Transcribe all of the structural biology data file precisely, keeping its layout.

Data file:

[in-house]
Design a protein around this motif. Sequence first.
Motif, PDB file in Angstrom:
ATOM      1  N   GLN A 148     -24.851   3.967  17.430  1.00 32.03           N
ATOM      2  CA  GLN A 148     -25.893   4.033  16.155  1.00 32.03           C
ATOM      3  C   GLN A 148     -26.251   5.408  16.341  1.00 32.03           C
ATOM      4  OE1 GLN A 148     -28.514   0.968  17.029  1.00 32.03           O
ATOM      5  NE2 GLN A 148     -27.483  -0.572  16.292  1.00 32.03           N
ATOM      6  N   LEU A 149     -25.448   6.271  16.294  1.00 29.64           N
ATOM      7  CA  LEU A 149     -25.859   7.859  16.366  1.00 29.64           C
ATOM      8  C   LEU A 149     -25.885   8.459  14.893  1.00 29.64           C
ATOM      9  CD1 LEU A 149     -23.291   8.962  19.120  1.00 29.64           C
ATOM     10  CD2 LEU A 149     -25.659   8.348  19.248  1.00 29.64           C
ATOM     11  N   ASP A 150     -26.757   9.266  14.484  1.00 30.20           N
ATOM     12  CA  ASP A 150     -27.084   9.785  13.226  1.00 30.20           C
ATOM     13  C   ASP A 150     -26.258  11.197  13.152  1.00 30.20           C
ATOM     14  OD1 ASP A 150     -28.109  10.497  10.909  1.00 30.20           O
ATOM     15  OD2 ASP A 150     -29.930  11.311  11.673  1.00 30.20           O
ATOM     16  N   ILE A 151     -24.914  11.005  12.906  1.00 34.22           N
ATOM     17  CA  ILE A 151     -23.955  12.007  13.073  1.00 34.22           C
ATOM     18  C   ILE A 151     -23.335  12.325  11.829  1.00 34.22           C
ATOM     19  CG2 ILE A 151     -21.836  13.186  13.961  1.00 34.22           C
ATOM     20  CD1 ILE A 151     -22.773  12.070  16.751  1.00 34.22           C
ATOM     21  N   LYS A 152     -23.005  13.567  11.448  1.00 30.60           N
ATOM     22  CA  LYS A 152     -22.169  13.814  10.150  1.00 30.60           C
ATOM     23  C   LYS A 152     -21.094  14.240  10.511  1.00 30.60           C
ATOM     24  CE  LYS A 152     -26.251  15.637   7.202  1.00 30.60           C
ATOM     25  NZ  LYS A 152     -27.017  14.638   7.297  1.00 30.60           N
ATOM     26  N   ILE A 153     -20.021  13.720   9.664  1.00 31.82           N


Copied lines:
[in-house]
Design a protein around this motif. Sequence first.
Motif, PDB file in Angstrom:
ATOM      1  N   GLN A 148     -24.851   3.967  17.430  1.00 32.03           N
ATOM      2  CA  GLN A 148     -25.893   4.033  16.155  1.00 32.03           C
ATOM      3  C   GLN A 148     -26.251   5.408  16.341  1.00 32.03           C
ATOM      4  OE1 GLN A 148     -28.514   0.968  17.029  1.00 32.03           O
ATOM      5  NE2 GLN A 148     -27.483  -0.572  16.292  1.00 32.03           N
ATOM      6  N   LEU A 149     -25.448   6.271  16.294  1.00 29.64           N
ATOM      7  CA  LEU A 149     -25.859   7.859  16.366  1.00 29.64           C
ATOM      8  C   LEU A 149     -25.885   8.459  14.893  1.00 29.64           C
ATOM      9  CD1 LEU A 149     -23.291   8.962  19.120  1.00 29.64           C
ATOM     10  CD2 LEU A 149     -25.659   8.348  19.248  1.00 29.64           C
ATOM     11  N   ASP A 150     -26.757   9.266  14.484  1.00 30.20           N
ATOM     12  CA  ASP A 150     -27.084   9.785  13.226  1.00 30.20           C
ATOM     13  C   ASP A 150     -26.258  11.197  13.152  1.00 30.20           C
ATOM     14  OD1 ASP A 150     -28.109  10.497  10.909  1.00 30.20           O
ATOM     15  OD2 ASP A 150     -29.930  11.311  11.673  1.00 30.20           O
ATOM     16  N   ILE A 151     -24.914  11.005  12.906  1.00 34.22           N
ATOM     17  CA  ILE A 151     -23.955  12.007  13.073  1.00 34.22           C
ATOM     18  C   ILE A 151     -23.335  12.325  11.829  1.00 34.22           C
ATOM     19  CG2 ILE A 151     -21.836  13.186  13.961  1.00 34.22           C
ATOM     20  CD1 ILE A 151     -22.773  12.070  16.751  1.00 34.22           C
ATOM     21  N   LYS A 152     -23.005  13.567  11.448  1.00 30.60           N
ATOM     22  CA  LYS A 152     -22.169  13.814  10.150  1.00 30.60           C
ATOM     23  C   LYS A 152     -21.094  14.240  10.511  1.00 30.60           C
ATOM     24  CE  LYS A 152     -26.251  15.637   7.202  1.00 30.60           C
ATOM     25  NZ  LYS A 152     -27.017  14.638   7.297  1.00 30.60           N
ATOM     26  N   ILE A 153     -20.021  13.720   9.664  1.00 31.82           N